This Christmas, a Hannibal native gave a gift of life

Candice Howe, in this photo provided to the Courier-Post, holds up her bone marrow that matched a lymphoma patient. The days-long treatment process took place in Washington, D.C.
Posted: Dec. 27, 2016 3:13 pm

During her freshman year at the University of Missouri, a Hannibal native made a decision that would change the life of someone she hadn’t yet met.

Candice Howe didn’t like needles, but she wanted to donate blood to make a difference for others in need. During the October Homecoming blood drive of her freshman year, Howe discussed the possibility of becoming a bone marrow donor with officials at the event. When she learned that less than one percent of patients find a suitable match, she knew what she wanted to do.

"Who was I to say no in that situation," Howe, a Hannibal native, said.

Freshman year turned to senior year, and Howe received an email in August, alerting her that a match for her bone marrow was located — a patient with Lymphoma. Howe remembered her eyes tearing up as she read the news.

She took a blood test to confirm her marrow was the best match for the patient. Howe waited anxiously for two months as the process continued.

But at the two-month mark, she received disheartening news — the patient or doctor opted not to proceed with the transplant. Howe’s disappointment vanished two weeks later, with an emailed request for the transplant to continue.

Howe completed final testing and supplements, accompanied by her mother and grandmother. The six-and-a-half day procedure this winter included twice-daily injections of a bone marrow-stimulant called filgrastin. Howe said the drug freed up stem cells from her marrow, allowing them to be removed through her blood. In the years before this procedure, doctors removed marrow directly from a donor’s pelvis.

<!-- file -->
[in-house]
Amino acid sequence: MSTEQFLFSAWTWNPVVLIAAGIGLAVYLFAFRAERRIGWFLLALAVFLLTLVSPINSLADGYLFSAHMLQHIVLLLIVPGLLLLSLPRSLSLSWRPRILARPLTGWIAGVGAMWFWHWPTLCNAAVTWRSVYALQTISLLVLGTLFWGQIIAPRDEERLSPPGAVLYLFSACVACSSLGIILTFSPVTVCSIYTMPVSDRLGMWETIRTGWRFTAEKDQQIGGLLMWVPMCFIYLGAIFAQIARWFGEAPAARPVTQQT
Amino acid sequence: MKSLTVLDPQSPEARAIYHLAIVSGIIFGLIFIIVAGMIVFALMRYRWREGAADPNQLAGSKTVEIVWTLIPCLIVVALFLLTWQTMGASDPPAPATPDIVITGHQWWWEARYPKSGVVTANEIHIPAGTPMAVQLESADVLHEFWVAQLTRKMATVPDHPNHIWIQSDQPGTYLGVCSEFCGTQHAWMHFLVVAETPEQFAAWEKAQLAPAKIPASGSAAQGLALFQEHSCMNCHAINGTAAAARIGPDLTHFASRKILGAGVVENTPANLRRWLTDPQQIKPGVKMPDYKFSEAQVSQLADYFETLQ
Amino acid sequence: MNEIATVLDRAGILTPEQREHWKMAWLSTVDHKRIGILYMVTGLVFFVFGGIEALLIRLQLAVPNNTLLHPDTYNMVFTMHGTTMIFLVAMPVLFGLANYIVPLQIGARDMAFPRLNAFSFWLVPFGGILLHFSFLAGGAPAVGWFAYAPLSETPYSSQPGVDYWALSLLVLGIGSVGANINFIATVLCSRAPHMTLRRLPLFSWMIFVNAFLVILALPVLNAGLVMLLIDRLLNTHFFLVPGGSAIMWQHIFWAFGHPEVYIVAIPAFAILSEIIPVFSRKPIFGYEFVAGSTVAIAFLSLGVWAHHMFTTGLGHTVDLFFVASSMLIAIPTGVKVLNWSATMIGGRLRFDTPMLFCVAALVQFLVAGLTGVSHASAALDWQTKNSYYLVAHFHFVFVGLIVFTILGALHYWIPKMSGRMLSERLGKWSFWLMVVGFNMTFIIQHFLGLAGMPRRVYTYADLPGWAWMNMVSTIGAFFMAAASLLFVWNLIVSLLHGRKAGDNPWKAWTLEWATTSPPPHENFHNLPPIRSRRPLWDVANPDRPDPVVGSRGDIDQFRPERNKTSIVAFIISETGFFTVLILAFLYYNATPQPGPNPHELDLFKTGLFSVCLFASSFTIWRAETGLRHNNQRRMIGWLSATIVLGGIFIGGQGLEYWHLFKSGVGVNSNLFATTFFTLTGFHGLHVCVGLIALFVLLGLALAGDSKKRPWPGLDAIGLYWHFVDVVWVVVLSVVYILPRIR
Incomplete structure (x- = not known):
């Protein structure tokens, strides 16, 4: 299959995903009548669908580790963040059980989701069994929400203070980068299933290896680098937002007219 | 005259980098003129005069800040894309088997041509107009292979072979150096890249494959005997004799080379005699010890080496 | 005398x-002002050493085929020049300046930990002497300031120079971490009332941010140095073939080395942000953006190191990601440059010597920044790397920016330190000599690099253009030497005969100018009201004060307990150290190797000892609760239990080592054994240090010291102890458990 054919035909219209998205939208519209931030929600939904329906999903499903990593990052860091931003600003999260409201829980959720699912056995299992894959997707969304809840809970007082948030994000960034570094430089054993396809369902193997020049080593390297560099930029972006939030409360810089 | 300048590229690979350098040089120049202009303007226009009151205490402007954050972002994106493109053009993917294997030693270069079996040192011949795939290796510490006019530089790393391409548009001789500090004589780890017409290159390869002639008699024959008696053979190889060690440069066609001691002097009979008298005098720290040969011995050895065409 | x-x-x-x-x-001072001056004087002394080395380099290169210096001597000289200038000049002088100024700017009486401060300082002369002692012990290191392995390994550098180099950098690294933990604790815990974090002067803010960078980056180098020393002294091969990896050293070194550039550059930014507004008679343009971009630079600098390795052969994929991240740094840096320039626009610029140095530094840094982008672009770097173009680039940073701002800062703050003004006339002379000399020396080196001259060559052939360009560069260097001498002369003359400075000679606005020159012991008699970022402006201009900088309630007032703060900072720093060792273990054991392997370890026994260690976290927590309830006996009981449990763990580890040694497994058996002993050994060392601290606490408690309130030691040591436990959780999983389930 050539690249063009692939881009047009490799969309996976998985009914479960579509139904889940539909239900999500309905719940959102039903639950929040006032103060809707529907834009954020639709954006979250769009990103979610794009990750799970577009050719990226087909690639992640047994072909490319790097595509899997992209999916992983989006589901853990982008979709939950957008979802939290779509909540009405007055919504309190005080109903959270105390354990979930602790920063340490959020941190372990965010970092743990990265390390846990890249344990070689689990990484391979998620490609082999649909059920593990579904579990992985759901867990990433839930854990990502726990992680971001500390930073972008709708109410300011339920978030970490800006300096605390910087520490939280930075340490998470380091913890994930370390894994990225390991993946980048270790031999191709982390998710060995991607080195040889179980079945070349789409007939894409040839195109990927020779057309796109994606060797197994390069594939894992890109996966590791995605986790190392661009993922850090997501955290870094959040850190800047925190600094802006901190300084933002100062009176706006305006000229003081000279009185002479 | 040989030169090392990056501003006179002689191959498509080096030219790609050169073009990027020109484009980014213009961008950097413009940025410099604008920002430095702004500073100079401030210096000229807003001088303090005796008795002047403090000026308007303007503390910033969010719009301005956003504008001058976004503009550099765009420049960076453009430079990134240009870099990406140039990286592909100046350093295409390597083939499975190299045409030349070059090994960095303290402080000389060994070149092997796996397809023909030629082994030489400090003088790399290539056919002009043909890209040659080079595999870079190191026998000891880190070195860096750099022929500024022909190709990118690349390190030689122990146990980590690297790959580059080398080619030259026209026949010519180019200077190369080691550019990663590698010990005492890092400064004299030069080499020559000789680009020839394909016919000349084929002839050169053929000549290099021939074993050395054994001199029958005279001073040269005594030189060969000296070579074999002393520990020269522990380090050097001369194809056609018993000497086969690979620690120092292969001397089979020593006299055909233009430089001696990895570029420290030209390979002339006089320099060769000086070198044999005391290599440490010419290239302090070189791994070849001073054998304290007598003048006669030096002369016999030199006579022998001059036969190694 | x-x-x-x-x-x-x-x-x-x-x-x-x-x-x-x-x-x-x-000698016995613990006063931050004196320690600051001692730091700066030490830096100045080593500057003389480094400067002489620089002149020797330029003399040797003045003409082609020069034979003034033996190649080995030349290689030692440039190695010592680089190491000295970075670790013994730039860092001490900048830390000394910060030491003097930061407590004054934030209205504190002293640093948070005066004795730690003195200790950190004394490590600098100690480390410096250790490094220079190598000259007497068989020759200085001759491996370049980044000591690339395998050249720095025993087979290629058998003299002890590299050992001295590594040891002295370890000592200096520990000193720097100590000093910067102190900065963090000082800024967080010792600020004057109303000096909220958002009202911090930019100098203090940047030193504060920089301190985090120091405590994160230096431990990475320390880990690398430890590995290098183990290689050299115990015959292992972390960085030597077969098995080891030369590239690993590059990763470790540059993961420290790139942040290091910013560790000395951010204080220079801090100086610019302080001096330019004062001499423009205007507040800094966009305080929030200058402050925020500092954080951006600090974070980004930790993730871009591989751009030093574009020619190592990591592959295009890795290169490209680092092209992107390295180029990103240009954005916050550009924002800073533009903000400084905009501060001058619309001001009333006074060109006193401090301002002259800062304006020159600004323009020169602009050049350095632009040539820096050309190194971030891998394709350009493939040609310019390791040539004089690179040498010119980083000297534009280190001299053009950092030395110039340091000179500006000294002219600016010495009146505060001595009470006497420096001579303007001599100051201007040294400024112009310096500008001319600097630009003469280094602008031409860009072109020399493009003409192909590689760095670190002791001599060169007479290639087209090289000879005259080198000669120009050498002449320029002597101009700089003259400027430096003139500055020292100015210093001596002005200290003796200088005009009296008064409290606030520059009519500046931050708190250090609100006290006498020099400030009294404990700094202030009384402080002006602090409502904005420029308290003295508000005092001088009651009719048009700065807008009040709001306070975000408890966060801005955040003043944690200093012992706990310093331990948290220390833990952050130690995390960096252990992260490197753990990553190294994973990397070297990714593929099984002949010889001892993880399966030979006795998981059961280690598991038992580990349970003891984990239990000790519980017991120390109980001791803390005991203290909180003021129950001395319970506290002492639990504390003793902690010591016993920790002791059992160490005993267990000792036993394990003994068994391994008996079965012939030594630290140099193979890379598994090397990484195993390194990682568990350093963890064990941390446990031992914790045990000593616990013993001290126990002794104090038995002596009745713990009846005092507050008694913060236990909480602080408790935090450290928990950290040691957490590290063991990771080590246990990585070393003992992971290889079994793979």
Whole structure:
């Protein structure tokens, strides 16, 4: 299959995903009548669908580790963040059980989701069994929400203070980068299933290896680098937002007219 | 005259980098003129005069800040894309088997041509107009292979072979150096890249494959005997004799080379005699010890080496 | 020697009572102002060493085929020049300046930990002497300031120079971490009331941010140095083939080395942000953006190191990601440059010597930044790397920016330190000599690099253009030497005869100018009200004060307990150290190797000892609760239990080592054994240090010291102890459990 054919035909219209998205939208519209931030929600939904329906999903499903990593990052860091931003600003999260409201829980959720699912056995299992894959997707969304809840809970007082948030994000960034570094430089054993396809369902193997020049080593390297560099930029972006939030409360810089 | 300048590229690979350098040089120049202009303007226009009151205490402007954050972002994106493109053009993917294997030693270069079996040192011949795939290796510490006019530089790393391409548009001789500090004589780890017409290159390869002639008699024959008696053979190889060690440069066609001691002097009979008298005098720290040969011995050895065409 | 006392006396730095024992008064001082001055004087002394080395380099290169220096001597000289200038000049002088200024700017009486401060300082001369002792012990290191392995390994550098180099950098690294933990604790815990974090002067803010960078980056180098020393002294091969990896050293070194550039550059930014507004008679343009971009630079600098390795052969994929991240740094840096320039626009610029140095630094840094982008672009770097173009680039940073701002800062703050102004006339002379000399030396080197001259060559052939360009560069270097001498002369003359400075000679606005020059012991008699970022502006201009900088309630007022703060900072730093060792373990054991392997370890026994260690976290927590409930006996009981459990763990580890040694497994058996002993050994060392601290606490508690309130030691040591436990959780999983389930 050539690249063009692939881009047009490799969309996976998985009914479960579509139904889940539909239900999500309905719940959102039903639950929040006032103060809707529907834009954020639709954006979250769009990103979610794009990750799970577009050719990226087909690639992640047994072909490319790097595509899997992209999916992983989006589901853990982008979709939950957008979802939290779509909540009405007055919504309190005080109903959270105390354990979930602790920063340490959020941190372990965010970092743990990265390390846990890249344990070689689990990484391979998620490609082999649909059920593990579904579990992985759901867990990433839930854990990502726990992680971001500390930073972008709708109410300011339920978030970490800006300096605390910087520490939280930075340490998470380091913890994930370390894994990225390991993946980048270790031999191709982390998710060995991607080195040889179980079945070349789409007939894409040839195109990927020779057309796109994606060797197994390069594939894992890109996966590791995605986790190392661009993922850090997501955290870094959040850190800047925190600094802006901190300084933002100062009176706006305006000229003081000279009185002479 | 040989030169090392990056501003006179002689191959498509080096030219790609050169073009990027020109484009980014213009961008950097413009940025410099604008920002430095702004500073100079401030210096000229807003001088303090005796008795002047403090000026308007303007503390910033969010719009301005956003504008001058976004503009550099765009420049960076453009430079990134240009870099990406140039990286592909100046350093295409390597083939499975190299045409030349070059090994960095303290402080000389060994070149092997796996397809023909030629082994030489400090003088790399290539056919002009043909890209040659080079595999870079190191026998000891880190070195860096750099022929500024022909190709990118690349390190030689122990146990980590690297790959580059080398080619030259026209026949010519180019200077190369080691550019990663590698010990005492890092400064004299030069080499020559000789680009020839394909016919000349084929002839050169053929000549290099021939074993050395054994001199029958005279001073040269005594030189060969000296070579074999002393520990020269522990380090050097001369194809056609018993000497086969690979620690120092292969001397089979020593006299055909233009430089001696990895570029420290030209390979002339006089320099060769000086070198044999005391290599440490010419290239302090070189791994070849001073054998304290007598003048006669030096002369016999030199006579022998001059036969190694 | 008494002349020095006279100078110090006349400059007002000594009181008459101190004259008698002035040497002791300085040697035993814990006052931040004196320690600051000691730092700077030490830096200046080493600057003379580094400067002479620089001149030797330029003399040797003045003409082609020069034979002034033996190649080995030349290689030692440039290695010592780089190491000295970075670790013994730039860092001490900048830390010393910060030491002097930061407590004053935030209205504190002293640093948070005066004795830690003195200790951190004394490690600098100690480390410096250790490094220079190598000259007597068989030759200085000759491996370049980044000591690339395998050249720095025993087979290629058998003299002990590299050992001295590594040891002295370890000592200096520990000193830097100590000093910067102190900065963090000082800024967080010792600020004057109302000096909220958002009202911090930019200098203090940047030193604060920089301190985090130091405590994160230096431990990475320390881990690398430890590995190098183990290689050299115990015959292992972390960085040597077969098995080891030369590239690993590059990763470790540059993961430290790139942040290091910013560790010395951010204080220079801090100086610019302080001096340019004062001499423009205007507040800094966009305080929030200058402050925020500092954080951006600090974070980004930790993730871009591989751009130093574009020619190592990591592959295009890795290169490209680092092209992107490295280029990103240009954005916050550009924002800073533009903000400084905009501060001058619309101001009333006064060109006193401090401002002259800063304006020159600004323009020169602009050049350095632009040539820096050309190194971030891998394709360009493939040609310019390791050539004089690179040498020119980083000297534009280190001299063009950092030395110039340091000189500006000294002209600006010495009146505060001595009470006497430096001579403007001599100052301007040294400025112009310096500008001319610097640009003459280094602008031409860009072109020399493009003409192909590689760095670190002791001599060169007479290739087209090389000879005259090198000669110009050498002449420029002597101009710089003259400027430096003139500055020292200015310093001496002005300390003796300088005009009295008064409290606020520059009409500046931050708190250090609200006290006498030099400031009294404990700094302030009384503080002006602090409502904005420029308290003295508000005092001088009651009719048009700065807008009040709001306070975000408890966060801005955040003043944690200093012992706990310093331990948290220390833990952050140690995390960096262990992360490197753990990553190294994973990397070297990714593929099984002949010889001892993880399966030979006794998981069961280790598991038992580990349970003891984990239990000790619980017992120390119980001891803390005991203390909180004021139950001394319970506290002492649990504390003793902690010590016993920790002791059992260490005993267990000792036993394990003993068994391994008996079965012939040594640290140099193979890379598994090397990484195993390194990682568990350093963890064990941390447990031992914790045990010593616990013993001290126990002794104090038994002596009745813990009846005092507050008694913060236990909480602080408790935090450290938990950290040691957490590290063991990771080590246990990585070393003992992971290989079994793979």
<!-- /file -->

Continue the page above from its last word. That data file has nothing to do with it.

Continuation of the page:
The five days of injections made Howe sore throughout her body, and she felt like she had the flu. But she said the feelings of discomfort were minor, especially compared with the difference her bone marrow could make for the patient.

Due to confidentiality agreements, Howe hasn’t met the patient, and the patient doesn’t know her. But after a year, they have the option of communicating or meeting in person — a moment Howe looks forward to. No matter what, she knew that her actions made a difference in someone’s life. She wouldn’t hesitate to donate again.

"I knew I had to to this, and it was mind over matter," she said.

Howe encouraged people to look into registering to become a bone marrow donor. She said the registration process is easy, and the potential is far-reaching to help patients who are diagnosed with blood diseases or blood cancer once every three minutes.

"I feel like it’s your duty," she said.

For more information, please visit the National Marrow Donor Program at or DKMS, whose motto is "We delete blood cancer," at


Reach reporter Trevor McDonald at

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